Fashion is a way of expressing your personality. For many, it can be a way of distinguishing yourself from one person to the next. “I think it is a way for us to showcase ourselves in a way that we want to show up in the world,” says Jodi Mayers, a Twin Cities wardrobe consultant and stylist. “Our wardrobe is like the cover of a book: you don’t always know the goodness inside, but you are hoping that the cover is interesting enough that people will want to dig in.”
Mayers adds that clothing “builds confidence [and] can add a little pep to your step in a world where things can feel very out of control sometimes … Your style is something that can be fluid and transform and adjust over time.”
However, the effects of COVID-19 put a damper on how people were able to showcase their personalities through clothing, particularly in the work world. Trading in dresses and trousers for sweats and leggings, the world went from polished office fashion to “comfort plus” in the blink of an eye. (A phenomenon that Mayers refers to as the “Zoom mullet effect”—business on the top and leisure on the bottom.)
Redefining Business Casual
With the world finally opening back up, Mayers notes that offices have started to redefine what it means to dress business casual—a phrase that now offers plenty of room for interpretation. There is now more flexibility in showcasing your style in a way that best suits your lifestyle, allowing people to combine style with comfort. “People are experiencing fatigue around athleisure-wear and are searching for ways to feel themselves again in clothing,” Mayers says. “People are at a point where they are excited to dress up again.”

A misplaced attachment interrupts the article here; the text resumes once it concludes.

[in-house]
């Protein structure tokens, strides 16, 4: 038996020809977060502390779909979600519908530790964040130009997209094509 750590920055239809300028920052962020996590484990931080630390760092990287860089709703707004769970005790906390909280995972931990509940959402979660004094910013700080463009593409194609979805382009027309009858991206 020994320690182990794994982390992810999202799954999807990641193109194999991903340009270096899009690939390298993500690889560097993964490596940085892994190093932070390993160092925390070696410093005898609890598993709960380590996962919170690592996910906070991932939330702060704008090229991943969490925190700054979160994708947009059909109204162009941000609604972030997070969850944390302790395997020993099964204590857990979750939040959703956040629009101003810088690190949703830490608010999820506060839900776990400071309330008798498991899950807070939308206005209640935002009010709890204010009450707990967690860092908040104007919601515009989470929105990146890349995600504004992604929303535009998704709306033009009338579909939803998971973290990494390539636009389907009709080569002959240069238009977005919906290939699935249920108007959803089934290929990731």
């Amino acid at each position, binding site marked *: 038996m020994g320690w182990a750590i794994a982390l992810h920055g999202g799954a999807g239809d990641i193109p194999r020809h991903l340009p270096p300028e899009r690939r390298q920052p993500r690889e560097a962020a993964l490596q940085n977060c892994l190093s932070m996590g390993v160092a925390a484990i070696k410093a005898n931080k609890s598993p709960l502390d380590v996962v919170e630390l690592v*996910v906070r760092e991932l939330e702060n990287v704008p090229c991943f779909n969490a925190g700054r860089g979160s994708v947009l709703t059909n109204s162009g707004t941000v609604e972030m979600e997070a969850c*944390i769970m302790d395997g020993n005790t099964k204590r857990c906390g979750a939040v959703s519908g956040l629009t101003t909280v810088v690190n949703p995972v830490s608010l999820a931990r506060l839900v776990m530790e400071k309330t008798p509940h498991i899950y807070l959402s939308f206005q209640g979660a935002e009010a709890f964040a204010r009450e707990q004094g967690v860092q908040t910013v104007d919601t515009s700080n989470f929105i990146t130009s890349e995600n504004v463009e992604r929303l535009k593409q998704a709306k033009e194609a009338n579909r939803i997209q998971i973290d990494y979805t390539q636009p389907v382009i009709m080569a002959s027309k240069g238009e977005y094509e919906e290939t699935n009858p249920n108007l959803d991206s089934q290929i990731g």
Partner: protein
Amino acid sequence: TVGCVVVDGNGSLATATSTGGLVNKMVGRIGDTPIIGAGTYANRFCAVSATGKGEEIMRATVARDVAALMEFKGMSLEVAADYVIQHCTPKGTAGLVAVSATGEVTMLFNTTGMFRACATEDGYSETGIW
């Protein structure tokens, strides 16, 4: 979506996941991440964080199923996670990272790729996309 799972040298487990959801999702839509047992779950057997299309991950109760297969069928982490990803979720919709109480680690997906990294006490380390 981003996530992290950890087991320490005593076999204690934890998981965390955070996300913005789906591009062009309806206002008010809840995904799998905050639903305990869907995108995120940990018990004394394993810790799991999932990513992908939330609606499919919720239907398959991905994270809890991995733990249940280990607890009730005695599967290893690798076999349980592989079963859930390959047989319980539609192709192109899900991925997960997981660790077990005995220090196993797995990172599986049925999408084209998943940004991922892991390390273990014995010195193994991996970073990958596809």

In this new wave of office fashion, Mayers says we will see a lot more people leaning stronger on the casual side of business casual, with a juxtaposition between casual-meets-office through button-ups with jeans or sneakers with skirts. She also predicts that individuals will continue to have fun experimenting with their personality in clothes now that they can outwardly showcase it.
It’s a familiar silhouette: a knit tank under an oversized cardigan. But this outfit features some unexpected pizazz by mixing the printed cardigan with silky checkerboard pants. Rolled pant cuffs and pink sneakers nails that effortlessly casual vibe. Uncuff the pants, swap the sneaker for a heel, and you’ve instantly gone from day to night.
Dress for the Job (or Day) You Want
Nicole Jennings, Edina resident, stylist and owner of Minneapolis boutique Queen Anna House of Fashion, uses clothing to empower and inspire women to take their energy out into the world and do good. “If you look good, you can do good,” she says. In a time following
a global pandemic, she recognizes the challenges that come with shifting back to what was once our “normal”—in fashion and in life.
When getting ready in the morning, Jennings personally uses fashion to align her intentions with her surroundings—helping her outer self align with her inner intentions for a day. She encourages her clients to do the same, presenting themselves to the world based on how they want to feel. But how exactly do you bring your body into alignment with what you want out of your day? It’s simple, according to Jennings: Wear the outfit that will make you feel ready to seize the day.